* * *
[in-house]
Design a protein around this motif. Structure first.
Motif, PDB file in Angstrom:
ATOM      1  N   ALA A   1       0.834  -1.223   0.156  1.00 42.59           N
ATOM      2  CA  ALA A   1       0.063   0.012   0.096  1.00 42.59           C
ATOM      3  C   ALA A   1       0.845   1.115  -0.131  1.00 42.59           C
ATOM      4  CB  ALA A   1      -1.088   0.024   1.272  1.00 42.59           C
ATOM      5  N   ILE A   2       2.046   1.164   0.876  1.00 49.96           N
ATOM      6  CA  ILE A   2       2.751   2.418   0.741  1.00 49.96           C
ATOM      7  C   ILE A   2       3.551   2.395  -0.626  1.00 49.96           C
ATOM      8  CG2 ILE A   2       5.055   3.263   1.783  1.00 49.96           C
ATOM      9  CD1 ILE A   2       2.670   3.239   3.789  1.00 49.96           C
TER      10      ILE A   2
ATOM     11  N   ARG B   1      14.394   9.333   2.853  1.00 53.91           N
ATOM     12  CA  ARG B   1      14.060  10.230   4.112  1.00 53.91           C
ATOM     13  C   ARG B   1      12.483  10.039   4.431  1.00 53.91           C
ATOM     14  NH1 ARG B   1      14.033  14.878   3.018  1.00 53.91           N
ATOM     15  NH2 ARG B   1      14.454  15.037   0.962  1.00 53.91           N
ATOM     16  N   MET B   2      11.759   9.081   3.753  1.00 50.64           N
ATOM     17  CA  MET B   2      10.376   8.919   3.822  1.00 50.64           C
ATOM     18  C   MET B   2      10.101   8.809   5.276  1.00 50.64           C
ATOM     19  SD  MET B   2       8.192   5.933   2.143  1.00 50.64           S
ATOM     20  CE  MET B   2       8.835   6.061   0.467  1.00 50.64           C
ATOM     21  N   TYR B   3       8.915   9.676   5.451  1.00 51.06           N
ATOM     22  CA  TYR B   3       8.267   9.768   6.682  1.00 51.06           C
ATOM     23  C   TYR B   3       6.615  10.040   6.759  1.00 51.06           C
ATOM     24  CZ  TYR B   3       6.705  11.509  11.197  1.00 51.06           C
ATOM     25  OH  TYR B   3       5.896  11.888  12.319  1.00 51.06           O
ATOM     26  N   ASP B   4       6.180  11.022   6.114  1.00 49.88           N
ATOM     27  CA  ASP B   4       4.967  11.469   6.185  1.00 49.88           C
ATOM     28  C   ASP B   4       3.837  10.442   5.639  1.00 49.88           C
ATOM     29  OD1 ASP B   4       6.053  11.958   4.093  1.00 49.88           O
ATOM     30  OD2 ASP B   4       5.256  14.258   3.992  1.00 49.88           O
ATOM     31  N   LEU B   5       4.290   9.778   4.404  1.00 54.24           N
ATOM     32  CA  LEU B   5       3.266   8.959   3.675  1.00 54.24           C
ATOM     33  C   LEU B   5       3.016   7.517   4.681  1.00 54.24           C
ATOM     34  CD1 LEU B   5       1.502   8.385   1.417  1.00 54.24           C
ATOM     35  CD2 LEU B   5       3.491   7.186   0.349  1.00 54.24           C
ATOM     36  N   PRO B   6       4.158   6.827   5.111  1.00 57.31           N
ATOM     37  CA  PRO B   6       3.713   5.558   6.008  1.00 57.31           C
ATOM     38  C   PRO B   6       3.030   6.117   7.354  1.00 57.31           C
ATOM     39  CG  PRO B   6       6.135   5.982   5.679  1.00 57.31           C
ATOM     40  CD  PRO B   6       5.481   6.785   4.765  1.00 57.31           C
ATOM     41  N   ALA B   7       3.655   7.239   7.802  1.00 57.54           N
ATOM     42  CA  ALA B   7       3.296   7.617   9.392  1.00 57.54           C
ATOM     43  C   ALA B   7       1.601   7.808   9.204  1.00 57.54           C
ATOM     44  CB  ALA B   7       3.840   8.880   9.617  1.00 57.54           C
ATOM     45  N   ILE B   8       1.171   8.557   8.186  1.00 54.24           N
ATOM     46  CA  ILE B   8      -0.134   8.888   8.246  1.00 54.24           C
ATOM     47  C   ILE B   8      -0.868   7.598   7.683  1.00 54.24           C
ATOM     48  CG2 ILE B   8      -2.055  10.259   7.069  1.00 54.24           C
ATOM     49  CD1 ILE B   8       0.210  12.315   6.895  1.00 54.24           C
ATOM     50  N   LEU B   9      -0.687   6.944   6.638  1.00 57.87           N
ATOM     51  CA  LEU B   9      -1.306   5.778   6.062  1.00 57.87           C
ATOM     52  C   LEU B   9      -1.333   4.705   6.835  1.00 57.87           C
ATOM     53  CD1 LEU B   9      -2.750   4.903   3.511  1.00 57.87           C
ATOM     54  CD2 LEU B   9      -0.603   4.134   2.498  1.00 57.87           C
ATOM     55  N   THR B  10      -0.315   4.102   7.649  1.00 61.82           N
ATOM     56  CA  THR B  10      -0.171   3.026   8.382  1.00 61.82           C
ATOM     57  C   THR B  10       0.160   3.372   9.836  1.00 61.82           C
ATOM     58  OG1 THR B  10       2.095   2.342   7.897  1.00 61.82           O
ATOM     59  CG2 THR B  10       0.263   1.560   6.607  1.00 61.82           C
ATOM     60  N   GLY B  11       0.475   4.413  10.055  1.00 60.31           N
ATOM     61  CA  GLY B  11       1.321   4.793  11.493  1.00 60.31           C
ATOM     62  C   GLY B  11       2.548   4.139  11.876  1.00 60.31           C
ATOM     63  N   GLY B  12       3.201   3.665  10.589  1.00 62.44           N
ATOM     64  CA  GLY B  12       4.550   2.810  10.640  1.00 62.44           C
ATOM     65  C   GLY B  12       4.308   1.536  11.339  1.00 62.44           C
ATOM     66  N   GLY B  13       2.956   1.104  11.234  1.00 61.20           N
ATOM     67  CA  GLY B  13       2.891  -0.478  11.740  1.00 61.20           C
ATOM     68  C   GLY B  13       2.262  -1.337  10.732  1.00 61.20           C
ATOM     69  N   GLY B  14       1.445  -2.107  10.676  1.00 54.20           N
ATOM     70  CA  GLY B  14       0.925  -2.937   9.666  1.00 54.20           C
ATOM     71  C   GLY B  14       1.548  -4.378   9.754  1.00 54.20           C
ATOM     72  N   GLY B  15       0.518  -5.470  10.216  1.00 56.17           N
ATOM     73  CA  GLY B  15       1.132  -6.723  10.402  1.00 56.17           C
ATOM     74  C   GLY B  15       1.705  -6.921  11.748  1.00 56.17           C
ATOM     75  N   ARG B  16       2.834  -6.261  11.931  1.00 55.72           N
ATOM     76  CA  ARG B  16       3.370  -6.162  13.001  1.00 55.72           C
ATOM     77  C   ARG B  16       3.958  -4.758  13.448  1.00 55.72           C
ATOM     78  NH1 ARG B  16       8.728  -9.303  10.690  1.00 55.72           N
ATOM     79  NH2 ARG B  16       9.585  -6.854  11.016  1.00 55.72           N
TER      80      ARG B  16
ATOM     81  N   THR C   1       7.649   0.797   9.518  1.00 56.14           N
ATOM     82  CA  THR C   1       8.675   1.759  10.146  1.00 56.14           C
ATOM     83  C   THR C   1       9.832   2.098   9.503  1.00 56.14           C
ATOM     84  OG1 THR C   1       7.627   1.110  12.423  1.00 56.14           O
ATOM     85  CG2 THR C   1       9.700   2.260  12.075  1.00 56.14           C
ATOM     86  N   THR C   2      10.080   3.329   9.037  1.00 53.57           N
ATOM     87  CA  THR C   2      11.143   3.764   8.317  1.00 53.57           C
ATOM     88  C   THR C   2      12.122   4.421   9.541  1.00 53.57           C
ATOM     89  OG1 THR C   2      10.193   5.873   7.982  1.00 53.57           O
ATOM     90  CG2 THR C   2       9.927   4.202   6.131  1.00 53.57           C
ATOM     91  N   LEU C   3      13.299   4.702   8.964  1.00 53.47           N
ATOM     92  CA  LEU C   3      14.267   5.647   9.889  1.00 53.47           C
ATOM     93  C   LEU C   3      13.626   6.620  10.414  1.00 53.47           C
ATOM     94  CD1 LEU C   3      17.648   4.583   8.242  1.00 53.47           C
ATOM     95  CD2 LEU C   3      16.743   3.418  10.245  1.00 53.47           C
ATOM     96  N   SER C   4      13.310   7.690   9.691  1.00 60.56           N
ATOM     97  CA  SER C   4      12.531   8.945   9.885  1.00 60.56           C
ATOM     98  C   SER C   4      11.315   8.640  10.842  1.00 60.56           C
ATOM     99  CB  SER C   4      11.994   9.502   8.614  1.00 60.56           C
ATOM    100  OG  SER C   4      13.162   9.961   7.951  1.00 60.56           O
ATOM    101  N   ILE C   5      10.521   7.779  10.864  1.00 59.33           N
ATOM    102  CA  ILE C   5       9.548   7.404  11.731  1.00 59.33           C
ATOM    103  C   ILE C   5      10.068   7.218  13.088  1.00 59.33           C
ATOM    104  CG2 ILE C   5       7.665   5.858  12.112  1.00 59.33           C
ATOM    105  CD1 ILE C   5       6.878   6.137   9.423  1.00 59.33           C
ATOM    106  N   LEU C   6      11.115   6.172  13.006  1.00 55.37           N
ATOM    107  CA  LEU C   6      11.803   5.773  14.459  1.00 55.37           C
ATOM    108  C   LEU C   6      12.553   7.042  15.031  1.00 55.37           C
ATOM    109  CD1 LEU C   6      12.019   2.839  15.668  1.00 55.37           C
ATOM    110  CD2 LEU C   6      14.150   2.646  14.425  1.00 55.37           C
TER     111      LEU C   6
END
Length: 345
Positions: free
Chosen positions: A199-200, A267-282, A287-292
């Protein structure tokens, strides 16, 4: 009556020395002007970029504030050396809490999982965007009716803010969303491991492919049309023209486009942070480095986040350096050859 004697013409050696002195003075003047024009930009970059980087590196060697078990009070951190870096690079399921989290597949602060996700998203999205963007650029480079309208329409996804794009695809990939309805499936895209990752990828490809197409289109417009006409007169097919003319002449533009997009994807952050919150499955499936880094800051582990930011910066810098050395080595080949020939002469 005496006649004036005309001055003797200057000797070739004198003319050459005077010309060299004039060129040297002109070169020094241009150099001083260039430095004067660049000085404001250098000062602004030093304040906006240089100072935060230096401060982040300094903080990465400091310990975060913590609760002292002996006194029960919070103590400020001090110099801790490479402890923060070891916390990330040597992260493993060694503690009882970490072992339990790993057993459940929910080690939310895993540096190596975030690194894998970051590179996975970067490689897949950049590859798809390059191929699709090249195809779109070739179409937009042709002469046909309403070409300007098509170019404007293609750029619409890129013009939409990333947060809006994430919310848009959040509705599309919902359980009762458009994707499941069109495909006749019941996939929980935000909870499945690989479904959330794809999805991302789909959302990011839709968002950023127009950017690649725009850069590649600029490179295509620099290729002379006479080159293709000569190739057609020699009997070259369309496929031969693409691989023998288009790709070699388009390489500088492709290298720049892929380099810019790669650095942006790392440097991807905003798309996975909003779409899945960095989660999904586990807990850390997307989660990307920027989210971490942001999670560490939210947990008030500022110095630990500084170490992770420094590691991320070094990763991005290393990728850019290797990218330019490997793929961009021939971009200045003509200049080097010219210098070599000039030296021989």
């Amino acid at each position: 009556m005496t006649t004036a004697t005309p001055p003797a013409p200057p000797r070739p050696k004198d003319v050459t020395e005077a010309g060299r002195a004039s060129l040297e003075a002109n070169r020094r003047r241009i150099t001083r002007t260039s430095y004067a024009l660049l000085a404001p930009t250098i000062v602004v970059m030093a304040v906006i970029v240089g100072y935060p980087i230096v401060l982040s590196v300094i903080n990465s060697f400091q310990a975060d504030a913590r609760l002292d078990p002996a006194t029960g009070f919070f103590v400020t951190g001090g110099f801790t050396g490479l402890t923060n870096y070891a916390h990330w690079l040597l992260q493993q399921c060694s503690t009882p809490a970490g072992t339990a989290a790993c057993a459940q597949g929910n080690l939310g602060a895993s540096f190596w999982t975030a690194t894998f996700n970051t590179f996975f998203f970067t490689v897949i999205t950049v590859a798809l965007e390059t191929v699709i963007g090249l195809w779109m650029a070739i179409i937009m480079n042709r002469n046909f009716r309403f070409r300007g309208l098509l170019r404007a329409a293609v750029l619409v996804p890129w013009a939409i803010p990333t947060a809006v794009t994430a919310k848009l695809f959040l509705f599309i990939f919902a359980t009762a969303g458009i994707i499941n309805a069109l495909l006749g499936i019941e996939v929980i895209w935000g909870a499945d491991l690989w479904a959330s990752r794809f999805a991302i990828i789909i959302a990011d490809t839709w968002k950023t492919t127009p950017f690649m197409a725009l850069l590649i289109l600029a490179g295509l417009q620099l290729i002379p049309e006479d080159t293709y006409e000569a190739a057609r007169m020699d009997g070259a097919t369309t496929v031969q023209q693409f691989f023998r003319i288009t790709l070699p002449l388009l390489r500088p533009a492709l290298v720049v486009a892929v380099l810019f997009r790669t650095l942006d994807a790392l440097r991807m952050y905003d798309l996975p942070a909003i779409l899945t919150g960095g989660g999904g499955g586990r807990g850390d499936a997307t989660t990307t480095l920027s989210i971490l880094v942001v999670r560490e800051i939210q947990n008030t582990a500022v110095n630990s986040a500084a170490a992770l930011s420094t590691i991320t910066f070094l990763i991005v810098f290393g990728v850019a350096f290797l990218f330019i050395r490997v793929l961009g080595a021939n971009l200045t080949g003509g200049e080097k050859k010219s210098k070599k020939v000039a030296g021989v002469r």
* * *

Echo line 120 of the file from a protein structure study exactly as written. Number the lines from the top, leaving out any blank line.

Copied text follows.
């Amino acid at each position: 009556m005496t006649t004036a004697t005309p001055p003797a013409p200057p000797r070739p050696k004198d003319v050459t020395e005077a010309g060299r002195a004039s060129l040297e003075a002109n070169r020094r003047r241009i150099t001083r002007t260039s430095y004067a024009l660049l000085a404001p930009t250098i000062v602004v970059m030093a304040v906006i970029v240089g100072y935060p980087i230096v401060l982040s590196v300094i903080n990465s060697f400091q310990a975060d504030a913590r609760l002292d078990p002996a006194t029960g009070f919070f103590v400020t951190g001090g110099f801790t050396g490479l402890t923060n870096y070891a916390h990330w690079l040597l992260q493993q399921c060694s503690t009882p809490a970490g072992t339990a989290a790993c057993a459940q597949g929910n080690l939310g602060a895993s540096f190596w999982t975030a690194t894998f996700n970051t590179f996975f998203f970067t490689v897949i999205t950049v590859a798809l965007e390059t191929v699709i963007g090249l195809w779109m650029a070739i179409i937009m480079n042709r002469n046909f009716r309403f070409r300007g309208l098509l170019r404007a329409a293609v750029l619409v996804p890129w013009a939409i803010p990333t947060a809006v794009t994430a919310k848009l695809f959040l509705f599309i990939f919902a359980t009762a969303g458009i994707i499941n309805a069109l495909l006749g499936i019941e996939v929980i895209w935000g909870a499945d491991l690989w479904a959330s990752r794809f999805a991302i990828i789909i959302a990011d490809t839709w968002k950023t492919t127009p950017f690649m197409a725009l850069l590649i289109l600029a490179g295509l417009q620099l290729i002379p049309e006479d080159t293709y006409e000569a190739a057609r007169m020699d009997g070259a097919t369309t496929v031969q023209q693409f691989f023998r003319i288009t790709l070699p002449l388009l390489r500088p533009a492709l290298v720049v486009a892929v380099l810019f997009r790669t650095l942006d994807a790392l440097r991807m952050y905003d798309l996975p942070a909003i779409l899945t919150g960095g989660g999904g499955g586990r807990g850390d499936a997307t989660t990307t480095l920027s989210i971490l880094v942001v999670r560490e800051i939210q947990n008030t582990a500022v110095n630990s986040a500084a170490a992770l930011s420094t590691i991320t910066f070094l990763i991005v810098f290393g990728v850019a350096f290797l990218f330019i050395r490997v793929l961009g080595a021939n971009l200045t080949g003509g200049e080097k050859k010219s210098k070599k020939v000039a030296g021989v002469r």